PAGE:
Skip to Main Content
It looks like you're using Internet Explorer 11 or older. This website works best with modern browsers such as the latest versions of Chrome, Firefox, Safari, and Edge. If you continue with this browser, you may see unexpected results.

Library Guides

Dissertations 4: Methodology: Introduction & Philosophy

Introduction

The methodology introduction is a paragraph that describes both the design of the study and the organization of the chapter. This prepares the reader for what is to follow and provides a framework within which to incorporate the materials. 

This paragraph says to the reader, “This is the methodology chapter, this is how it is organized, and this is the type of design I used.” 

In this introduction, you can also state:  

  • The objectives of your research and/or 

  • The research question or hypothesis to be tested 

Research Philosophy

Carrying out your own research for your dissertation means that you are engaging in the creation of knowledge. Research philosophy is an aspect of this. It is belief about the way studies should be conducted, how data should be collected and how it is then analysed and used.  At its deepest level, it includes considerations of what is (ontology), like, is there an objective truth or is it everything subjective, and how to know (epistemology), like, can we know the truth, and how can we get to know it.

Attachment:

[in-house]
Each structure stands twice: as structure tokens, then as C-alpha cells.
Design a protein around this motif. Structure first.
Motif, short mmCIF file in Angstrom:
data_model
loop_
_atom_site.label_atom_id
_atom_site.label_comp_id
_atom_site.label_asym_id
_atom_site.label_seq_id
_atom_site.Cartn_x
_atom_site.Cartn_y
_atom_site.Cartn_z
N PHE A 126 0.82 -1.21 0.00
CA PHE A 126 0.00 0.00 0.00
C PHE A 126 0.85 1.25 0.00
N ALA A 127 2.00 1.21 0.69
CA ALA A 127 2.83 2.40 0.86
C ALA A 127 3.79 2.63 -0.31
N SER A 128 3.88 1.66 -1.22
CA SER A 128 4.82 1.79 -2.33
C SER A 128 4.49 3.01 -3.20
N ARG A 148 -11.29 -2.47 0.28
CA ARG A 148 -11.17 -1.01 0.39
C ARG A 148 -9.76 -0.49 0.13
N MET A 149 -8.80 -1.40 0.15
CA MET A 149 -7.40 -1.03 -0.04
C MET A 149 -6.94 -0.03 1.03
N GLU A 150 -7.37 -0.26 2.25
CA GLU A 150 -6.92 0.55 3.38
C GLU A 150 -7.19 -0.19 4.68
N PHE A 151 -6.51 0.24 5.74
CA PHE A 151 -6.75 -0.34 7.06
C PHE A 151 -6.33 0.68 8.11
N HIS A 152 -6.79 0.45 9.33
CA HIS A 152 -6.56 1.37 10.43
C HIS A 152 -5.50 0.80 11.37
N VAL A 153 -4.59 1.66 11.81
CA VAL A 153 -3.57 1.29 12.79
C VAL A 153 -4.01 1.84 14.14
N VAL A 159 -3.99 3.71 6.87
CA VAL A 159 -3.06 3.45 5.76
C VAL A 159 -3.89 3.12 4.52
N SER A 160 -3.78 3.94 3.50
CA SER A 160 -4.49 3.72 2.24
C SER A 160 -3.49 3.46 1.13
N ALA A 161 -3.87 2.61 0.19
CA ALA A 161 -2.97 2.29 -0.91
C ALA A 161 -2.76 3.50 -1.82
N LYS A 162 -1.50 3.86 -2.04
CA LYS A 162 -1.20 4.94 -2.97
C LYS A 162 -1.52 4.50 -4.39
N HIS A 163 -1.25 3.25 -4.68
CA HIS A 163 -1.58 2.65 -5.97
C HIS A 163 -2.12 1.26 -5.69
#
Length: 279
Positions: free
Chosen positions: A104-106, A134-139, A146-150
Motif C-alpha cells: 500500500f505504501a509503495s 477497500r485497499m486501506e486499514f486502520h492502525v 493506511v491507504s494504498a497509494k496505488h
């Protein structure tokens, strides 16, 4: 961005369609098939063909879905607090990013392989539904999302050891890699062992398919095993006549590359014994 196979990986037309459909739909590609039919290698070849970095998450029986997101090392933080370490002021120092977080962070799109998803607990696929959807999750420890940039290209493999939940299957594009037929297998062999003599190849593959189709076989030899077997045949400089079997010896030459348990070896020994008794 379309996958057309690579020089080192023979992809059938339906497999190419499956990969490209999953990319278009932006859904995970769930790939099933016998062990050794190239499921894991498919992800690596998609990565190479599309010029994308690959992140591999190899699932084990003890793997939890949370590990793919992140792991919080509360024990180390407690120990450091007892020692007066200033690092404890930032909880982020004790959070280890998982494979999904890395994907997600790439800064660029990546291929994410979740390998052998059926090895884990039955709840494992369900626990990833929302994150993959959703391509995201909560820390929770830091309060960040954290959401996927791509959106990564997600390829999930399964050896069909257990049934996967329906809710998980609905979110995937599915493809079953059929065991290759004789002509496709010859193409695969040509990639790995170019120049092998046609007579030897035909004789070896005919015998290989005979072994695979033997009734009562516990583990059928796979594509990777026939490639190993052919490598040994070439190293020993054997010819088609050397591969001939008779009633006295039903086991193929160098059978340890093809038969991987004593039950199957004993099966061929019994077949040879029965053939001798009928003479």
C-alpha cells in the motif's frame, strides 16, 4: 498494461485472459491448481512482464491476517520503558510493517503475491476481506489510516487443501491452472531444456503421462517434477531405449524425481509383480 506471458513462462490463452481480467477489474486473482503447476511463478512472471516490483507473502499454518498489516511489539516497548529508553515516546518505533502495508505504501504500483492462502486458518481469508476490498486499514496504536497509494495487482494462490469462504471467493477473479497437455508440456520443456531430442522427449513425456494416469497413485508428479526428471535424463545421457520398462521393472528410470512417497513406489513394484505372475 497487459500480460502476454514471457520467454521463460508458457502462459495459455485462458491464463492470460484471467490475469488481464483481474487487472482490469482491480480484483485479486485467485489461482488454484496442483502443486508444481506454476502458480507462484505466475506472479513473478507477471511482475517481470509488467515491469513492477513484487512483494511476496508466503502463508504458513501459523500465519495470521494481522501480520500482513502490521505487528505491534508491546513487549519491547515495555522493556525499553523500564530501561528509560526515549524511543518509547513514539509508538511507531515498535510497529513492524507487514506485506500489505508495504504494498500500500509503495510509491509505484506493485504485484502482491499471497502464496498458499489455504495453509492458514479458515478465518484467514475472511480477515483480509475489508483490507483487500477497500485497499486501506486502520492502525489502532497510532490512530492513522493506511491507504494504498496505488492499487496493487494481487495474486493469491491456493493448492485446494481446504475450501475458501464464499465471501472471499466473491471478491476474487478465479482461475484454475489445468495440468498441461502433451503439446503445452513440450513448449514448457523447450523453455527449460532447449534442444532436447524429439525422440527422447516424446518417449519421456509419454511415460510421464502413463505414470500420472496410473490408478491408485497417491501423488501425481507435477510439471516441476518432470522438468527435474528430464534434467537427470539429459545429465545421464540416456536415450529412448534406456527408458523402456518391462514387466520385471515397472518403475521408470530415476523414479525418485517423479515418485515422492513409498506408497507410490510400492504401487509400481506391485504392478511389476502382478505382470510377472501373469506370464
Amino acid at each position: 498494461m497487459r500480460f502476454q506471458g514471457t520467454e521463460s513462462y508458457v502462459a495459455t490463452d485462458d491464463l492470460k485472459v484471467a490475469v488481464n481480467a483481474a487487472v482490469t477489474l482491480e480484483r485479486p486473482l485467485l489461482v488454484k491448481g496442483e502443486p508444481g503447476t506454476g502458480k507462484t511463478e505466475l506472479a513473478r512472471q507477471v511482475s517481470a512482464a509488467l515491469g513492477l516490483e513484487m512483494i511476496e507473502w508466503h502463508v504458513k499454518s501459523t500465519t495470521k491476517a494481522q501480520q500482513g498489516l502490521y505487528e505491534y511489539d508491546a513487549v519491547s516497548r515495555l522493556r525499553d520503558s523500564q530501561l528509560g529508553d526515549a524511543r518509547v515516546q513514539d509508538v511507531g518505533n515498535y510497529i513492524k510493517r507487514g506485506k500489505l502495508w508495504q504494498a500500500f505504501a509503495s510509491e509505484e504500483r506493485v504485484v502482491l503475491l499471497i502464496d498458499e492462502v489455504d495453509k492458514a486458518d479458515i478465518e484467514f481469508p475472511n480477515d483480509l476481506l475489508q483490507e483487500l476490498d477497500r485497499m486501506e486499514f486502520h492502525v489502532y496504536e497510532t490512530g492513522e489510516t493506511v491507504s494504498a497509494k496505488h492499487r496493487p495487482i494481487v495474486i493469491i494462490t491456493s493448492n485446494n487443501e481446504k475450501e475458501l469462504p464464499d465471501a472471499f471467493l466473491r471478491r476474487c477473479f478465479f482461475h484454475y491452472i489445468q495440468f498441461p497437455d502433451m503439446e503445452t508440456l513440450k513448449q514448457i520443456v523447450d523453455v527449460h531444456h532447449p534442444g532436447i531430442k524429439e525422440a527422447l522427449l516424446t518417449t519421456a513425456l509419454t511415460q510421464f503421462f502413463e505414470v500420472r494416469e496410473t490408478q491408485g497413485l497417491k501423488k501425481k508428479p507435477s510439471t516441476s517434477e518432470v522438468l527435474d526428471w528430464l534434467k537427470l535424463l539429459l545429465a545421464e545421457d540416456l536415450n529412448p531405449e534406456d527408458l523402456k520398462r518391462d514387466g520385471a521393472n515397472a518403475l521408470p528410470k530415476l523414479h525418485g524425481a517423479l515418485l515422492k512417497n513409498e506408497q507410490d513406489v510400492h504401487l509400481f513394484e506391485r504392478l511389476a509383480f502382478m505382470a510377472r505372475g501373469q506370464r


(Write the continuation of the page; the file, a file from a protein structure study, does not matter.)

Writing about your research philosophy, therefore, involves reflecting on your assumptions and beliefs about data collection to develop, analyse, challenge and evaluate them.  

If you need to have a research philosophy section in your dissertation, the handout attached below provides some guidance.